How consumers move between online travel sites on their purchase path

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Expedia Media Solutions has released its Traveler Attribution Study, commissioned with Millward Brown Digital, that shows how consumers today move between travel sites online as part of their purchase path.

Options continue to grow for consumers looking to book trips online, making gaining their attention and influencing their decisions further up the marketing funnel more competitive. Travel advertisers need to consider developing a multi-funnel approach to reach consumers at every stage of the travel purchasing journey and optimize user engagement.

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The study examined the 45-day period leading up to hotel and air bookings to see the types of travel sites—including Supplier, Online Travel Agency (OTA) and Metasearch sites—that consumers visit online to be inspired, research, plan and book trips. The goal was to better understand the roles these sites play at every stage and the opportunities for marketers to influence consumers during their path to purchasing travel. The insights build on Expedia’s previous Traveler’s Path to Purchase study, which found that American vacation package purchasers visited travel sites 38 times in the 45-day period leading up to booking, with the consumption of travel content more than doubling during the week of booking.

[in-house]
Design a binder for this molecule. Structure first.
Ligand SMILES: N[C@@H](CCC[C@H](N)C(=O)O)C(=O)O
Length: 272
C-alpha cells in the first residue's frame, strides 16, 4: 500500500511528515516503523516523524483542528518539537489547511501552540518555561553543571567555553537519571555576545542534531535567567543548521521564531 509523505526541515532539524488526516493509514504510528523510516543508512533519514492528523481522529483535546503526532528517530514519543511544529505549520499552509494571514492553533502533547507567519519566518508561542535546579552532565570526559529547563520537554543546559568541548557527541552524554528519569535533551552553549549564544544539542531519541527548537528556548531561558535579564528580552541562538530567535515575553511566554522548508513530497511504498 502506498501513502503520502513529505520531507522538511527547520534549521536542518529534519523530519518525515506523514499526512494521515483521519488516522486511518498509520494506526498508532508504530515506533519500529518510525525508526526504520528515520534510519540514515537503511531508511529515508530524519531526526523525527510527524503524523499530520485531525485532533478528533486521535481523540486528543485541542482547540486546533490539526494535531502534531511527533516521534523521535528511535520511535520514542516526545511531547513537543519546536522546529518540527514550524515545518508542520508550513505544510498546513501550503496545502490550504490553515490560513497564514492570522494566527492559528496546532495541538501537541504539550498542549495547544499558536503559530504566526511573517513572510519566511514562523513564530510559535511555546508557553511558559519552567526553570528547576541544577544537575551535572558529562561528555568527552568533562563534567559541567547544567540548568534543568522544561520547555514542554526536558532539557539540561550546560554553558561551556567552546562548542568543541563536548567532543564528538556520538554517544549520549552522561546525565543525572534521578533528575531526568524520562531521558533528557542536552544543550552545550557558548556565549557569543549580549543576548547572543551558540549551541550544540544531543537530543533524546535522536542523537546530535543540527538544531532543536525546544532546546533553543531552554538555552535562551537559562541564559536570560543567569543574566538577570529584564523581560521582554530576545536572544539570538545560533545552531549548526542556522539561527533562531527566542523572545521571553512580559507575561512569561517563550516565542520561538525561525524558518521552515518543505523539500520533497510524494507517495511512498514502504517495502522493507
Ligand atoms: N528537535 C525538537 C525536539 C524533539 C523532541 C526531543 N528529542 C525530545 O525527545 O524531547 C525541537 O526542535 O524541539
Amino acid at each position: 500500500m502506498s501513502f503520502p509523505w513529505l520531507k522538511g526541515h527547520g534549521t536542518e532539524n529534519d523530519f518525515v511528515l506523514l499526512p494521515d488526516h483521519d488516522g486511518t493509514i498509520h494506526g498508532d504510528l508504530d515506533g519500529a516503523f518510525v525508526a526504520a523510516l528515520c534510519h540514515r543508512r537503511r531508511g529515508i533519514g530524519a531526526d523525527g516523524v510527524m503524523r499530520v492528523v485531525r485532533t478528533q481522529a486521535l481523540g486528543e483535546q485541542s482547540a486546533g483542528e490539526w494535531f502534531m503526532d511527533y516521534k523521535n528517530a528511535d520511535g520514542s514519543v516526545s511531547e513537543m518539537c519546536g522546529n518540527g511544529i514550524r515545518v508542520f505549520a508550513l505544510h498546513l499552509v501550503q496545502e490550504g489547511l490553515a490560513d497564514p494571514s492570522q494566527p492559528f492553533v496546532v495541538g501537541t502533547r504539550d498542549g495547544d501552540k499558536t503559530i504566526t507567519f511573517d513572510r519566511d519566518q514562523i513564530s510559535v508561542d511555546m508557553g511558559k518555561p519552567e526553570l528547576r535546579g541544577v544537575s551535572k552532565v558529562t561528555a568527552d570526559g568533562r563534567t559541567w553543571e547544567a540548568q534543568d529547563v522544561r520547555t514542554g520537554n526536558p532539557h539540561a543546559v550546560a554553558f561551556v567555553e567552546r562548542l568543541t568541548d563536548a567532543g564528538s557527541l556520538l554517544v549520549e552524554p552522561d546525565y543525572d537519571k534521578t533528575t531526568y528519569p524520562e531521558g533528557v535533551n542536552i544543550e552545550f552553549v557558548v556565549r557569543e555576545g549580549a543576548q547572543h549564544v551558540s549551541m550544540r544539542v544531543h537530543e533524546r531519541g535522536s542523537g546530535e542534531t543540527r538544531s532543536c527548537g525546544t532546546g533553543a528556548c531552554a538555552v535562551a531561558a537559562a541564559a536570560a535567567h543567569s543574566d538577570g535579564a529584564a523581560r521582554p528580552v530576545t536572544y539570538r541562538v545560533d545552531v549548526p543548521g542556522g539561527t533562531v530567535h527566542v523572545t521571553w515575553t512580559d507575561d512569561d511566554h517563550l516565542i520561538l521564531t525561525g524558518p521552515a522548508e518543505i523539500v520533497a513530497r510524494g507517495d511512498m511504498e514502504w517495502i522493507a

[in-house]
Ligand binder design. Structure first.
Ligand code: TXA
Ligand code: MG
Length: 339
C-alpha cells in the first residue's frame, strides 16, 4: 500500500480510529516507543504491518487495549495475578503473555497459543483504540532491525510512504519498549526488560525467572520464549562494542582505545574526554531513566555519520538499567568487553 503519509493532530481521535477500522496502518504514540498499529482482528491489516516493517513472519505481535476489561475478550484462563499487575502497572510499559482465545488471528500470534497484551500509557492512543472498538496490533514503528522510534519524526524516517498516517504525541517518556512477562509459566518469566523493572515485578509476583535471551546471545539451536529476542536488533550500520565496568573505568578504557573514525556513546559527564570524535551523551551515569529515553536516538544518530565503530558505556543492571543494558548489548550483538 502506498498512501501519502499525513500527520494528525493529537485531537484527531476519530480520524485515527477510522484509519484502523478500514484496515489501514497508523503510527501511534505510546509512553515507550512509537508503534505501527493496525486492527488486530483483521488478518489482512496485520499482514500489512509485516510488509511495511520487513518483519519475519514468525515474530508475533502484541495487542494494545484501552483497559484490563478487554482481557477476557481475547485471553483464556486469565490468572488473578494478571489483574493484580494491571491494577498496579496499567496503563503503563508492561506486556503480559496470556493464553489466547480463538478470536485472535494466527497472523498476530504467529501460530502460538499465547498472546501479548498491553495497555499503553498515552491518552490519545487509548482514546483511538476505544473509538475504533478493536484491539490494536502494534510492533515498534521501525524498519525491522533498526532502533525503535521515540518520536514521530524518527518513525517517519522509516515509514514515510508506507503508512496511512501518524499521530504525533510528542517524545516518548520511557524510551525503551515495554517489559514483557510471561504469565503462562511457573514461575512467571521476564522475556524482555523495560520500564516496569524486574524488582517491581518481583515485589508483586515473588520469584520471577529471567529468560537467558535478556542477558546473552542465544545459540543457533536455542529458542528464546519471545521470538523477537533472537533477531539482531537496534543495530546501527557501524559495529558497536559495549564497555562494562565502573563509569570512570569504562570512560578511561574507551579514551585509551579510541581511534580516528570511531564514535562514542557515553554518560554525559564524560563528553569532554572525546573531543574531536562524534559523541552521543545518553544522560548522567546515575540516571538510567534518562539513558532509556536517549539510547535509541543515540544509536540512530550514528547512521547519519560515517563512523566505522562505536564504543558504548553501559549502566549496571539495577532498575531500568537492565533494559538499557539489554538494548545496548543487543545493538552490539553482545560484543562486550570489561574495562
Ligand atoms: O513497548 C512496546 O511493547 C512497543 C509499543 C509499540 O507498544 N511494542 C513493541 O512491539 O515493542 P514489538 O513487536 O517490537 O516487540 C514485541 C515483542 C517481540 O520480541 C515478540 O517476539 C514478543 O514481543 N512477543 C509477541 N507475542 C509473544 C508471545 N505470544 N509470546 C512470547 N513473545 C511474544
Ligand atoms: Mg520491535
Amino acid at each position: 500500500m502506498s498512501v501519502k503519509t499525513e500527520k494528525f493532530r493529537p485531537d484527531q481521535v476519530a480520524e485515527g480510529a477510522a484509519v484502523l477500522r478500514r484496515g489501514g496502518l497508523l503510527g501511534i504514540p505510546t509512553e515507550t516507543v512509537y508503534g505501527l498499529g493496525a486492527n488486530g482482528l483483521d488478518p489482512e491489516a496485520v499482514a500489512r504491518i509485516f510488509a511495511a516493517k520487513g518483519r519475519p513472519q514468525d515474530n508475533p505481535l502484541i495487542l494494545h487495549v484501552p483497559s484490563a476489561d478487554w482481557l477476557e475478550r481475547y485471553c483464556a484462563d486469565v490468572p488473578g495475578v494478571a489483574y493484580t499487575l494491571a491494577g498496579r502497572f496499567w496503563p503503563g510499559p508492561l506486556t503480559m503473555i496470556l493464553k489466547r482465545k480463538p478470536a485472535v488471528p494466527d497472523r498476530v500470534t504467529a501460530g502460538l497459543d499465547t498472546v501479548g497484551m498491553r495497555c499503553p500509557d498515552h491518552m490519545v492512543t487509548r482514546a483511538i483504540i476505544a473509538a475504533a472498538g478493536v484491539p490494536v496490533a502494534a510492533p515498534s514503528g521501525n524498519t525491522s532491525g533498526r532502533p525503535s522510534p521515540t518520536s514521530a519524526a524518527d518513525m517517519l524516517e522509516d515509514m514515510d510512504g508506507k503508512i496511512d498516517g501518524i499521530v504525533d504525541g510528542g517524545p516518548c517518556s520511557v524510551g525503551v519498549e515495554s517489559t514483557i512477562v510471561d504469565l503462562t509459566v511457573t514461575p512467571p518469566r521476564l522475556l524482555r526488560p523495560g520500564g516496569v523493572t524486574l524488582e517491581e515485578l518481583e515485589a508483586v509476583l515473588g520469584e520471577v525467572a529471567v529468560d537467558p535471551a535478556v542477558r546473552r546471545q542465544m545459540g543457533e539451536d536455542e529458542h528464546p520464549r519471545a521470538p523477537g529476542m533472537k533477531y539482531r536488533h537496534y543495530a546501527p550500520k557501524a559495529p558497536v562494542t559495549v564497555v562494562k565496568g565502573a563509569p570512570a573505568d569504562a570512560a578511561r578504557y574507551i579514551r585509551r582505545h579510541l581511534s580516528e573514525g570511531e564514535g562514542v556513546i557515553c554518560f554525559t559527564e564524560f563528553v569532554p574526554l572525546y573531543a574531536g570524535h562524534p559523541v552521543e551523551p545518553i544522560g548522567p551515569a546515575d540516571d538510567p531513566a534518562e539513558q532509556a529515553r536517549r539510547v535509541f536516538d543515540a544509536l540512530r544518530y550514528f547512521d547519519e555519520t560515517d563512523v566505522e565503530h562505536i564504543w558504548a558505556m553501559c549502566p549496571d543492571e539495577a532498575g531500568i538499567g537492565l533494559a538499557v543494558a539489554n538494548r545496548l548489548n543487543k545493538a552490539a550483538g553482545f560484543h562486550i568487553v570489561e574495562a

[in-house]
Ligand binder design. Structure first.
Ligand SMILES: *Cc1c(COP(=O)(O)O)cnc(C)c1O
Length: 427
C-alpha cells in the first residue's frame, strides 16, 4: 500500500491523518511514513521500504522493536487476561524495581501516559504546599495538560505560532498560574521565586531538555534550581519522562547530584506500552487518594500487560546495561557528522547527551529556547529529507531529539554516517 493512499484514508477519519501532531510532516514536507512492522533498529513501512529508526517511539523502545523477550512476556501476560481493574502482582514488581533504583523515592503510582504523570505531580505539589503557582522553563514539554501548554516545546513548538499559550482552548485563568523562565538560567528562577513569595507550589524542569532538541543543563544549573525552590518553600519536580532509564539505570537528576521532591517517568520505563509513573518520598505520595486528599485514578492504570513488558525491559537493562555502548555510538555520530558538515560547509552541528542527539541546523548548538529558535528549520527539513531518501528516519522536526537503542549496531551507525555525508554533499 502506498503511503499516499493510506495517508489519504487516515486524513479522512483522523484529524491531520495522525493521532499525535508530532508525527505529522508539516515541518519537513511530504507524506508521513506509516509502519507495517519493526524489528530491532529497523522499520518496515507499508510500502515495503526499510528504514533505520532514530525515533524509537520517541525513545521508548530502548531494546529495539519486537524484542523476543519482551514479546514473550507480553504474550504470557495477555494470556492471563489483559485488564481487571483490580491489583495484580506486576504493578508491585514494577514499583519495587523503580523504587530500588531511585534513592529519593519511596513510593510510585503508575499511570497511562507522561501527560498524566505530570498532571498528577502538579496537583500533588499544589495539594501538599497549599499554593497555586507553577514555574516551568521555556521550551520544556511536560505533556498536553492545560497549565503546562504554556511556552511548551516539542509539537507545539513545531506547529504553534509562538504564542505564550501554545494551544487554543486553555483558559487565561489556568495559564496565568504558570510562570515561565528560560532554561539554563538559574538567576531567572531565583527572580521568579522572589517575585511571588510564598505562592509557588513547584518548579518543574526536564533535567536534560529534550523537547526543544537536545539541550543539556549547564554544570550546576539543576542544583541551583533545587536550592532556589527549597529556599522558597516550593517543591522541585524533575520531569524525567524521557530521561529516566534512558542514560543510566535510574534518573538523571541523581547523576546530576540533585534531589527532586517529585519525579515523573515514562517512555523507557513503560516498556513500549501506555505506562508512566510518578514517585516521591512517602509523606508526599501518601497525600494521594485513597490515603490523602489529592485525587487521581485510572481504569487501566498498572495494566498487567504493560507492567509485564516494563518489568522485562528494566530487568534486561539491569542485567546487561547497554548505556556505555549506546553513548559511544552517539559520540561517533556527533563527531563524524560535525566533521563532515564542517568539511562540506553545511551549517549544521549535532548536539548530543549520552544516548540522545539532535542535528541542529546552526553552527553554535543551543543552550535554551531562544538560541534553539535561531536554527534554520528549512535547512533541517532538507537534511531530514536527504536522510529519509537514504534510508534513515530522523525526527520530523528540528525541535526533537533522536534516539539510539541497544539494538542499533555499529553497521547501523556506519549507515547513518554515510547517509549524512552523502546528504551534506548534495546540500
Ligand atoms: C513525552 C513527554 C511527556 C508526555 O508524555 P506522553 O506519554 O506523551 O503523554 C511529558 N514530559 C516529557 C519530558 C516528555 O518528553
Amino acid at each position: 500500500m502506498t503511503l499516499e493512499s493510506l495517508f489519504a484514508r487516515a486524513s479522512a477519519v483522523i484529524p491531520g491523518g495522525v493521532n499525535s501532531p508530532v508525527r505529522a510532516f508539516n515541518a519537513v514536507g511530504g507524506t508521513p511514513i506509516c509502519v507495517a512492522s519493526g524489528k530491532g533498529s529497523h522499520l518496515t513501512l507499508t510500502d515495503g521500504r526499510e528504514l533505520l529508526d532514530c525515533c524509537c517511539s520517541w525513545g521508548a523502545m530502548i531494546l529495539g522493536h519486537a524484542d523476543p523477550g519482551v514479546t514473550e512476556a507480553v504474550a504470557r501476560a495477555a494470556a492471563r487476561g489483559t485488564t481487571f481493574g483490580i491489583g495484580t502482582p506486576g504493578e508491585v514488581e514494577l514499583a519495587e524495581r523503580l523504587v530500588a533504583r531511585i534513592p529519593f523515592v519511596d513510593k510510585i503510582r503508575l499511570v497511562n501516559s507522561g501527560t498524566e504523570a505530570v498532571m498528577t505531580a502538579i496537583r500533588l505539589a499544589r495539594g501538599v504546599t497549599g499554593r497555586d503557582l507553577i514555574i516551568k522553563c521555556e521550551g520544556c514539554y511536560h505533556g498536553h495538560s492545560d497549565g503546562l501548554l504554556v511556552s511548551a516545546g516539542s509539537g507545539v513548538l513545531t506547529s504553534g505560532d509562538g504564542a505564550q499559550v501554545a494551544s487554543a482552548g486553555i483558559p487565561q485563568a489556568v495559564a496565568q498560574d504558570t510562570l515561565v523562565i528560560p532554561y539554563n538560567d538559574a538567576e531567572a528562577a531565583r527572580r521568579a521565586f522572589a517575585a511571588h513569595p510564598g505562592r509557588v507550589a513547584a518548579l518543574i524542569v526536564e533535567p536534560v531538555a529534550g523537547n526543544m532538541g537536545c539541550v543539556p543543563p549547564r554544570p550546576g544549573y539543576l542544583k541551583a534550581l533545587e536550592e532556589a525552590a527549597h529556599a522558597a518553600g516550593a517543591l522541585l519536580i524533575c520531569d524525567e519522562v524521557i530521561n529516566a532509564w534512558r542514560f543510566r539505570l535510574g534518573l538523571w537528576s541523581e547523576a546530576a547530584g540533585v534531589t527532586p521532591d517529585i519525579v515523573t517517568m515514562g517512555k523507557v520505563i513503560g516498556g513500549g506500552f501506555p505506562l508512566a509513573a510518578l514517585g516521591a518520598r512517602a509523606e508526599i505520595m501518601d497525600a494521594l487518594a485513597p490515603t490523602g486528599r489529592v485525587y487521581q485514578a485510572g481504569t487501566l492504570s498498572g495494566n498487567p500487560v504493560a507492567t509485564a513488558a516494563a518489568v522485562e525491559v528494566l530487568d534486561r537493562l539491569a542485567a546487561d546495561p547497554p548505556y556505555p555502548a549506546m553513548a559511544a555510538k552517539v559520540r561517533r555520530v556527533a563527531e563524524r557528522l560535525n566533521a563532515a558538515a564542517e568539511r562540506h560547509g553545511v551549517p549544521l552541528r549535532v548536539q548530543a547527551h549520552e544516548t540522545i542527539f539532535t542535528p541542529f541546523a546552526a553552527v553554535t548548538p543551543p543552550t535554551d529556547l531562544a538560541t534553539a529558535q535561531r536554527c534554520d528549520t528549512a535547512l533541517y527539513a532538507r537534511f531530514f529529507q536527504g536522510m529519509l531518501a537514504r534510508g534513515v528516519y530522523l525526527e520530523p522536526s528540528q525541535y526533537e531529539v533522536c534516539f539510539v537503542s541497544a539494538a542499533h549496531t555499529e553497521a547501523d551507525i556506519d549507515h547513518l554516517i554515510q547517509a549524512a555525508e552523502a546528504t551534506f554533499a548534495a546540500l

Highlights from the new study include:

  • While shoppers utilize several types of travel sites, consumers touched OTA sites at some point in eight of the top 10 most common hotel booking paths.
  • For inspiration consumers start with Supplier and OTA sites nearly as often (40 percent and 39 percent, respectively) for hotels.
  • Travelers visit OTA sites for research and consideration more than any other category for hotels (49 percent).
  • Regardless of where people initiate research for hotels, OTAs are consistently the more common travel category immediately downstream of any influential touchpoint.
  • Meta sites are commonly leveraged as influential touch points, but Meta drives more traffic to OTAs than to any other travel category.
  • Consumers who start research on supplier sites are more likely to book on supplier, but not necessarily where they initiated.

Please find the findings available for download here.

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